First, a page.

Monday, December 21, 2009

Art Break: Cloudscapes - Albert Bierstadt


Albert Bierstadt’s painting Puget Sound on the Pacific Coast at the Seattle Art Museum is an epic swirl of cloud, coast and cliff. Jonathan Raban said the painting turned Puget Sound into “a brand name for the dreadfully picturesque.”

However, Bierstadt never visited Puget Sound or the Washington Coast before he painted it. His traveling partner became ill and their trip was aborted in Portland. Bierstadt’s Puget Sound is an imagined landscape, one that paints the area’s cloudscape grandiosely, ludicrously wrong.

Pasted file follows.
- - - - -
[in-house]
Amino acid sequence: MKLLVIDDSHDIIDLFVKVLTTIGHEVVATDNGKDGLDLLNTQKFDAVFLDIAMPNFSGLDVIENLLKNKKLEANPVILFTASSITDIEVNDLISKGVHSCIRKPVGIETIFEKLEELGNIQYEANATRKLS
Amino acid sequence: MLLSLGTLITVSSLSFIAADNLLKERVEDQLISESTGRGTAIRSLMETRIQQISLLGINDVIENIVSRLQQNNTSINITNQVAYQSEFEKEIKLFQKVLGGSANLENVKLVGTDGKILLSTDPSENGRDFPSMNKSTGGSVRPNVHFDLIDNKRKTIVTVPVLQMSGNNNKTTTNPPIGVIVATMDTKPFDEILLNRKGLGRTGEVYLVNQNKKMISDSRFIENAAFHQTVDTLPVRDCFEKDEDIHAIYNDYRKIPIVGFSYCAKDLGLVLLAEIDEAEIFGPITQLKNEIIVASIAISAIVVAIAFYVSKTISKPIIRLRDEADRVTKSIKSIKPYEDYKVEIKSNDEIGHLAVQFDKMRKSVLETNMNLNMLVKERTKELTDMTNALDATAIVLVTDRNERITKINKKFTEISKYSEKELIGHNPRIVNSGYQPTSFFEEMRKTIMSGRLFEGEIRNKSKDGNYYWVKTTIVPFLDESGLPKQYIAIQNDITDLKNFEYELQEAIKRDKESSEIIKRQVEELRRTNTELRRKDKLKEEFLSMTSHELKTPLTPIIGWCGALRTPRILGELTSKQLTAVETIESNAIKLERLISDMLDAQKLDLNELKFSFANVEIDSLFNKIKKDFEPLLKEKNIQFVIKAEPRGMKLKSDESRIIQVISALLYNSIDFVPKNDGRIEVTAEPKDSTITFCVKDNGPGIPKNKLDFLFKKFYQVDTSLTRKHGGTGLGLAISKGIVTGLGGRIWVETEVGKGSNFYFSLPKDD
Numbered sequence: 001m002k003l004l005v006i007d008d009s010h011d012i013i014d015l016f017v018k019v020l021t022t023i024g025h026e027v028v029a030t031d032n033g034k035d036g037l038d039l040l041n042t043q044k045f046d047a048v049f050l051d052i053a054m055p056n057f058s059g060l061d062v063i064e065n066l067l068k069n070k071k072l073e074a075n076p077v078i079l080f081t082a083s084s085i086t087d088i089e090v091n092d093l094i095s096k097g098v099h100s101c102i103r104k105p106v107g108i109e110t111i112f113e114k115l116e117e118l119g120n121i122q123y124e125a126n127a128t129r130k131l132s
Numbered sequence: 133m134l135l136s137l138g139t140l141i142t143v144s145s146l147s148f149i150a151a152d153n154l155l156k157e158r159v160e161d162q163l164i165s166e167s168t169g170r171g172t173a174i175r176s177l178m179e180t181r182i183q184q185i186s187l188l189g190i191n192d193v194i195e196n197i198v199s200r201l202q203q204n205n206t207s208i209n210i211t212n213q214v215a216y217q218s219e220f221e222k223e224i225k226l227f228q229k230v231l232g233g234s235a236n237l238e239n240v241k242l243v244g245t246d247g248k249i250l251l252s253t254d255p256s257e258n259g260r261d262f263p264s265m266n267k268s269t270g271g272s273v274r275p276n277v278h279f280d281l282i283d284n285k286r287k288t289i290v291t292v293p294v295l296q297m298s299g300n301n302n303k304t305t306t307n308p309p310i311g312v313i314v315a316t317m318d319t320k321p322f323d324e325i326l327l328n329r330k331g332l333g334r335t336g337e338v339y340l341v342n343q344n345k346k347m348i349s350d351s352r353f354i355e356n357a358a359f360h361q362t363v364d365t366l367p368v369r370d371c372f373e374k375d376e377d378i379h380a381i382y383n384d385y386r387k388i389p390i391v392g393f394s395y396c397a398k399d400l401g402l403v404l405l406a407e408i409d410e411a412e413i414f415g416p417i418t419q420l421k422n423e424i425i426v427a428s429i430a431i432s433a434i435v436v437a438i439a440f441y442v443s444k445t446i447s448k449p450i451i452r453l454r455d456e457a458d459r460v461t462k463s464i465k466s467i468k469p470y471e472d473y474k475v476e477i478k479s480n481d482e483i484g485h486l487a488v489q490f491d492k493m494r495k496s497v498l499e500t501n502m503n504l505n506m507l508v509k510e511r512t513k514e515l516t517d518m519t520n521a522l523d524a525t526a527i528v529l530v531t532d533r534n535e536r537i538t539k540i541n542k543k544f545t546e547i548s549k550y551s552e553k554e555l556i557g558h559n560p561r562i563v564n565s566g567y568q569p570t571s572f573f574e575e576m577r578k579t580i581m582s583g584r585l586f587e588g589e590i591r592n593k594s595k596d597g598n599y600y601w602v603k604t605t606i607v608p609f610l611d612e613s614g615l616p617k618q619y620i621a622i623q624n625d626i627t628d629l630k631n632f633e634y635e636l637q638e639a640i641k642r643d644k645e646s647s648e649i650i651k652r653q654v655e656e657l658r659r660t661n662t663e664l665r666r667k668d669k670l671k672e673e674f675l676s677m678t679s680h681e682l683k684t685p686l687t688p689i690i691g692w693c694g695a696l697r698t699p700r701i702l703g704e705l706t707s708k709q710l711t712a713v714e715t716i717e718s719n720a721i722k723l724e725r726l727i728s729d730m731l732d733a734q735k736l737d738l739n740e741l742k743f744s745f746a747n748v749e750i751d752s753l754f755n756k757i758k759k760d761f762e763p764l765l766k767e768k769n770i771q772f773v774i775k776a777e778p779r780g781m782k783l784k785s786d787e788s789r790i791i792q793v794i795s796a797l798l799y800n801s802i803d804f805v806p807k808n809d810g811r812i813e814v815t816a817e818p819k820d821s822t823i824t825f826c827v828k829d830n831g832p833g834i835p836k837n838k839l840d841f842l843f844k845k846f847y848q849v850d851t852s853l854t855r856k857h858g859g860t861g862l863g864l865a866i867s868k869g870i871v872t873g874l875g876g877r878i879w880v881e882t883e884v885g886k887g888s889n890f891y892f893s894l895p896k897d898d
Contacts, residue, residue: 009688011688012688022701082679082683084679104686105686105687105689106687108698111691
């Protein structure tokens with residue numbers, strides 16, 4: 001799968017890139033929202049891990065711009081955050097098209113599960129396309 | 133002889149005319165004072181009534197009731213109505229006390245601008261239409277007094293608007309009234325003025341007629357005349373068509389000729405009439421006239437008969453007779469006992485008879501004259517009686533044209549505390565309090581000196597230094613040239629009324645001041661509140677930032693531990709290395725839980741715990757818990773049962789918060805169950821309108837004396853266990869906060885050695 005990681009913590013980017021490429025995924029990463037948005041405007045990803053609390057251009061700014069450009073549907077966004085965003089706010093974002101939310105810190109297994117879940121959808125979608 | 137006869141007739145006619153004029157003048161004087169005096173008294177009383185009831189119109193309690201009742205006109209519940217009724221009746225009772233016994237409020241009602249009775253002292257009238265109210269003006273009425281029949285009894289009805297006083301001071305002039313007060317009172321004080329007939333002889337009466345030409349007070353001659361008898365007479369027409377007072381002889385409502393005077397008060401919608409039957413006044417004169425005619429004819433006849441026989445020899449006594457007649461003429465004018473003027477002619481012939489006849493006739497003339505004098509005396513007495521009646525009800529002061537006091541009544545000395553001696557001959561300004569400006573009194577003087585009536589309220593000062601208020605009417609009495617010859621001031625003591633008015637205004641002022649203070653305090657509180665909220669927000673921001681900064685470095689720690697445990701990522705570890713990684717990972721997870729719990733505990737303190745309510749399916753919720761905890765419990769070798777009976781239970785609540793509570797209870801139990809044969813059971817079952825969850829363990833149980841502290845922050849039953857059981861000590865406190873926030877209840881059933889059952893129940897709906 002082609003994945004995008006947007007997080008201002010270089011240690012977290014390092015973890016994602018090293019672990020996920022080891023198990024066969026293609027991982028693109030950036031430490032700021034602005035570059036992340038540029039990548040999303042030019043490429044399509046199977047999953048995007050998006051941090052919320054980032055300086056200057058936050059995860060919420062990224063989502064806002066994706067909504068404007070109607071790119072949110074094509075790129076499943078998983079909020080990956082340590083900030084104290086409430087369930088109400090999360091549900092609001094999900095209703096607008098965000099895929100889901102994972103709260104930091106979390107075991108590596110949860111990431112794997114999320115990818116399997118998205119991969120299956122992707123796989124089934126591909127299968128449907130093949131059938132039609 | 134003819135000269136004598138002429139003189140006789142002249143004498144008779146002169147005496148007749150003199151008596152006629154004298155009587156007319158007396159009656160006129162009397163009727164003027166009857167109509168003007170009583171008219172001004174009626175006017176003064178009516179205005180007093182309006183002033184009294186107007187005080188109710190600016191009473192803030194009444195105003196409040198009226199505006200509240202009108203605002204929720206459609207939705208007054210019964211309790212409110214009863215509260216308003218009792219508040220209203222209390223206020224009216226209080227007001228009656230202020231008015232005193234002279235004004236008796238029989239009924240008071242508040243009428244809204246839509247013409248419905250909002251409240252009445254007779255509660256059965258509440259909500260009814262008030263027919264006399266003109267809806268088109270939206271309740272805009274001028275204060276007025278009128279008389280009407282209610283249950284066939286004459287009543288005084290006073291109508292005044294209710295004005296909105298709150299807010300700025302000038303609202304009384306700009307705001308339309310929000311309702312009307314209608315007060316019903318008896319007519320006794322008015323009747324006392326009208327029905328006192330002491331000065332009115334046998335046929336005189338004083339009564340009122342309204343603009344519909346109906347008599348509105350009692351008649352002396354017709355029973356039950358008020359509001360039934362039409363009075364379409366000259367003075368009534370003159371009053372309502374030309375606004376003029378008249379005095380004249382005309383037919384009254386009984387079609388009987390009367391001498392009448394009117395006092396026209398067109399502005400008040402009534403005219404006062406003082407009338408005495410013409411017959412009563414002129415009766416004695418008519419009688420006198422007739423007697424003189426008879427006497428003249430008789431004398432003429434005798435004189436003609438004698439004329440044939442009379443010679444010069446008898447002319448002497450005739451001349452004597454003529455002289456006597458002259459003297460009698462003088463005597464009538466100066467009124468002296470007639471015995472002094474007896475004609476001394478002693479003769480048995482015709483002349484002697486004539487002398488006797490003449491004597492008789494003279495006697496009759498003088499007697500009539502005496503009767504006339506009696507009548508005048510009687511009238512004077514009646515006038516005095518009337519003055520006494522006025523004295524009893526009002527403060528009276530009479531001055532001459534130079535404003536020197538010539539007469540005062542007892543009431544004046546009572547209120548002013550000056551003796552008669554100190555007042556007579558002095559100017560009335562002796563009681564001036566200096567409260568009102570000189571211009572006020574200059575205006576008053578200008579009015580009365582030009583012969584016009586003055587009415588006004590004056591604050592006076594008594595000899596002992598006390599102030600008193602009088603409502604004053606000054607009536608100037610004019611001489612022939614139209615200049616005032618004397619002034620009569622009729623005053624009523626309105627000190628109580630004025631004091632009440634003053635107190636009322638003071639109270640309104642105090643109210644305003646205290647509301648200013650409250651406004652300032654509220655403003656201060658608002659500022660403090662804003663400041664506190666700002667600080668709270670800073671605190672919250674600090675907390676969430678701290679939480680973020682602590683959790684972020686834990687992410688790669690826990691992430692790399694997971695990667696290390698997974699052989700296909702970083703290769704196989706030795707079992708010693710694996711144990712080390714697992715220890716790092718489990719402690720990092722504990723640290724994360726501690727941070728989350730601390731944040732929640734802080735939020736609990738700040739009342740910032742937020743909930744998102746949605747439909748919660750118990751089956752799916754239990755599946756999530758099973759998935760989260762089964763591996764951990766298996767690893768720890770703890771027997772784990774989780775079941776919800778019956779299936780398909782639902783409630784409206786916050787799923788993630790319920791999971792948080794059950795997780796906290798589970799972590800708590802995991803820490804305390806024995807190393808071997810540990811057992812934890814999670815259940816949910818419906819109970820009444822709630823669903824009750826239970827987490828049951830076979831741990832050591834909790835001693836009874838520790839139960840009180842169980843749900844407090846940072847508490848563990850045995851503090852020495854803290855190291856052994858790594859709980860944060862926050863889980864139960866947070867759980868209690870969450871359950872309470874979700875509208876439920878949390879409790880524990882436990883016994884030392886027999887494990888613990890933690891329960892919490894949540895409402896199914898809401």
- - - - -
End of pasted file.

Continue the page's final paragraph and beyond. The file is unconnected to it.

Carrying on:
Bierstadt’s clouds are cumulonimbus – great roiling carbuncles swelling into the stratosphere. Cumulonimbus are convection clouds formed when warm temperatures evaporate surface moisture. They create massive columns of cloud rising 25,000 ft, sometimes up to 60,000 ft. Judging from the peak visible in the upper right, Bierstadt painted these thunderheads at an implausibly low altitude. They soar, they threaten, they’re nice to look at. But they aren’t the accurate choice (if you care about accuracy). They are not valley clouds or Pacific Northwest coastal clouds.

The Puget Sound region is a cauldron of different cloud formations, but it is not particularly rich in cumulonimbus. Maybe if Bierstadt had visited the area he would have depicted a more boring stratus layer – though his painting would have been less impressive for it.

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